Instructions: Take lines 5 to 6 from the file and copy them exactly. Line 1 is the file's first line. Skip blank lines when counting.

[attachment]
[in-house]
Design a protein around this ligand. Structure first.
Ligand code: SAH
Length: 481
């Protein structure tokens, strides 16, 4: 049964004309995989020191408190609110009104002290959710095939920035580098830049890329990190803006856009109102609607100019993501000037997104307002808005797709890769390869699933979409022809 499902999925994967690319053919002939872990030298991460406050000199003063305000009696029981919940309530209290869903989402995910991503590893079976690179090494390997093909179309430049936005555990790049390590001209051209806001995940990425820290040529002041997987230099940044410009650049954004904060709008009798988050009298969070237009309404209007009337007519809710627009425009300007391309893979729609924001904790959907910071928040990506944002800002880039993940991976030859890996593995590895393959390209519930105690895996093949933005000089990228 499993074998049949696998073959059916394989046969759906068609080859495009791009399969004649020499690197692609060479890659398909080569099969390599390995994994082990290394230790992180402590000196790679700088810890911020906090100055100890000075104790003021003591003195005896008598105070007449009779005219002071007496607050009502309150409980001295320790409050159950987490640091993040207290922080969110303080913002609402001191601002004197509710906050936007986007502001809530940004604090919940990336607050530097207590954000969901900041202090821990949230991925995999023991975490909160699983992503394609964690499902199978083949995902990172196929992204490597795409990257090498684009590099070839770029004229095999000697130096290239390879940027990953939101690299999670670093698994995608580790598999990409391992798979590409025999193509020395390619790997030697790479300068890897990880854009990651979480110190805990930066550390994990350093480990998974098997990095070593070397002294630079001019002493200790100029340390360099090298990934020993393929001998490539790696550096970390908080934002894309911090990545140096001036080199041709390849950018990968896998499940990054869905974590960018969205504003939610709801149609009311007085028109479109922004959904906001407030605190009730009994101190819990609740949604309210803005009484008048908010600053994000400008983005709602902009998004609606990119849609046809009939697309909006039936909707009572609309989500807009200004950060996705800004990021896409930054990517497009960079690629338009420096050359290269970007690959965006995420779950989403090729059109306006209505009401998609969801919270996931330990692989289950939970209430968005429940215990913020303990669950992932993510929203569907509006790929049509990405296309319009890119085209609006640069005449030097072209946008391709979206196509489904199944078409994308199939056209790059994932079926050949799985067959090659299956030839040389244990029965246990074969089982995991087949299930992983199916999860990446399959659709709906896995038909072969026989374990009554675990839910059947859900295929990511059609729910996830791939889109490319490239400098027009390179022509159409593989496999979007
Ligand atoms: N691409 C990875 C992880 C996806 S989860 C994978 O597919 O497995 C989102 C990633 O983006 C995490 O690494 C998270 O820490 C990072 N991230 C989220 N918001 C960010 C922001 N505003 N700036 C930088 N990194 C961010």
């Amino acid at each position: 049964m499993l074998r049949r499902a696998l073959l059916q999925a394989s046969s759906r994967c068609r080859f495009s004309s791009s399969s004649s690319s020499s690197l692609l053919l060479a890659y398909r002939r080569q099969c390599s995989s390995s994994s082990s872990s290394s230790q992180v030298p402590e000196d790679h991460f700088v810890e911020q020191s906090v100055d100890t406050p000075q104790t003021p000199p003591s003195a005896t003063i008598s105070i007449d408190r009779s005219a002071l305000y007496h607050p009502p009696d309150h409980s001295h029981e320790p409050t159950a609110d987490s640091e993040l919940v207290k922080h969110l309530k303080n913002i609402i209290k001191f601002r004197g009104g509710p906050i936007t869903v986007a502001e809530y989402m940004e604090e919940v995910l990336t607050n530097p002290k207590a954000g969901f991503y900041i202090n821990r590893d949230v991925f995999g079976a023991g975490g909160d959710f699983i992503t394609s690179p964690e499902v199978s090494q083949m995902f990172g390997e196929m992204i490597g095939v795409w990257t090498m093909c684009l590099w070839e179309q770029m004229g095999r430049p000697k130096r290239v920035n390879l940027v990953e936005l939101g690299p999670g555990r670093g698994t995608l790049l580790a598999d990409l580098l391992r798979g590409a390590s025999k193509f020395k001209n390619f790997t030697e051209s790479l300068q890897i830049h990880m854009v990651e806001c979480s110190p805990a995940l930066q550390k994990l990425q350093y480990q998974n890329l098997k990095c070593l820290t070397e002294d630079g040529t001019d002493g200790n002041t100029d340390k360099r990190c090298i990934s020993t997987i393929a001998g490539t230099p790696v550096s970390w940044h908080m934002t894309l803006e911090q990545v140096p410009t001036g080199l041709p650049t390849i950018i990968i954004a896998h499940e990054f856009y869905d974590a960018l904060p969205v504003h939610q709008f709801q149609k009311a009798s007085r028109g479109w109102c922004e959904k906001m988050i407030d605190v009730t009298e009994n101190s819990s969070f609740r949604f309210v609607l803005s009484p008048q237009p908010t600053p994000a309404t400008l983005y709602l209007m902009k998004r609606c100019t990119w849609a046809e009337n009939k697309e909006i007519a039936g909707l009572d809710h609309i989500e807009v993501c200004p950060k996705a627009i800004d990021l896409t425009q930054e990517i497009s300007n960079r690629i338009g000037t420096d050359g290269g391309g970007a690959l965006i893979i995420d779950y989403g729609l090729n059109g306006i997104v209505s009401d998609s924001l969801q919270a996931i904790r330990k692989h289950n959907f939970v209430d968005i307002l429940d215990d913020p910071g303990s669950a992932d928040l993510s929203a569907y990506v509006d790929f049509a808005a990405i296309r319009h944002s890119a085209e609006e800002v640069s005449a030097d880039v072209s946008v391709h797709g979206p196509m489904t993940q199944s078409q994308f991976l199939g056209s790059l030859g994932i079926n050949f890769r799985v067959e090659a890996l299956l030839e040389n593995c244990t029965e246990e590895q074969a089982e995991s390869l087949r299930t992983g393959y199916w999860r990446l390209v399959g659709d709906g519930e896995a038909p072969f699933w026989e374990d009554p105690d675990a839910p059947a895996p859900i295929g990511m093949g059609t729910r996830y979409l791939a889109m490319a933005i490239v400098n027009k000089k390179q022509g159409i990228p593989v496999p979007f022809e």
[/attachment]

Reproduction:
């Protein structure tokens, strides 16, 4: 049964004309995989020191408190609110009104002290959710095939920035580098830049890329990190803006856009109102609607100019993501000037997104307002808005797709890769390869699933979409022809 499902999925994967690319053919002939872990030298991460406050000199003063305000009696029981919940309530209290869903989402995910991503590893079976690179090494390997093909179309430049936005555990790049390590001209051209806001995940990425820290040529002041997987230099940044410009650049954004904060709008009798988050009298969070237009309404209007009337007519809710627009425009300007391309893979729609924001904790959907910071928040990506944002800002880039993940991976030859890996593995590895393959390209519930105690895996093949933005000089990228 499993074998049949696998073959059916394989046969759906068609080859495009791009399969004649020499690197692609060479890659398909080569099969390599390995994994082990290394230790992180402590000196790679700088810890911020906090100055100890000075104790003021003591003195005896008598105070007449009779005219002071007496607050009502309150409980001295320790409050159950987490640091993040207290922080969110303080913002609402001191601002004197509710906050936007986007502001809530940004604090919940990336607050530097207590954000969901900041202090821990949230991925995999023991975490909160699983992503394609964690499902199978083949995902990172196929992204490597795409990257090498684009590099070839770029004229095999000697130096290239390879940027990953939101690299999670670093698994995608580790598999990409391992798979590409025999193509020395390619790997030697790479300068890897990880854009990651979480110190805990930066550390994990350093480990998974098997990095070593070397002294630079001019002493200790100029340390360099090298990934020993393929001998490539790696550096970390908080934002894309911090990545140096001036080199041709390849950018990968896998499940990054869905974590960018969205504003939610709801149609009311007085028109479109922004959904906001407030605190009730009994101190819990609740949604309210803005009484008048908010600053994000400008983005709602902009998004609606990119849609046809009939697309909006039936909707009572609309989500807009200004950060996705800004990021896409930054990517497009960079690629338009420096050359290269970007690959965006995420779950989403090729059109306006209505009401998609969801919270996931330990692989289950939970209430968005429940215990913020303990669950992932993510929203569907509006790929049509990405296309319009890119085209609006640069005449030097072209946008391709979206196509489904199944078409994308199939056209790059994932079926050949799985067959090659299956030839040389244990029965246990074969089982995991087949299930992983199916999860990446399959659709709906896995038909072969026989374990009554675990839910059947859900295929990511059609729910996830791939889109490319490239400098027009390179022509159409593989496999979007
Ligand atoms: N691409 C990875 C992880 C996806 S989860 C994978 O597919 O497995 C989102 C990633 O983006 C995490 O690494 C998270 O820490 C990072 N991230 C989220 N918001 C960010 C922001 N505003 N700036 C930088 N990194 C961010």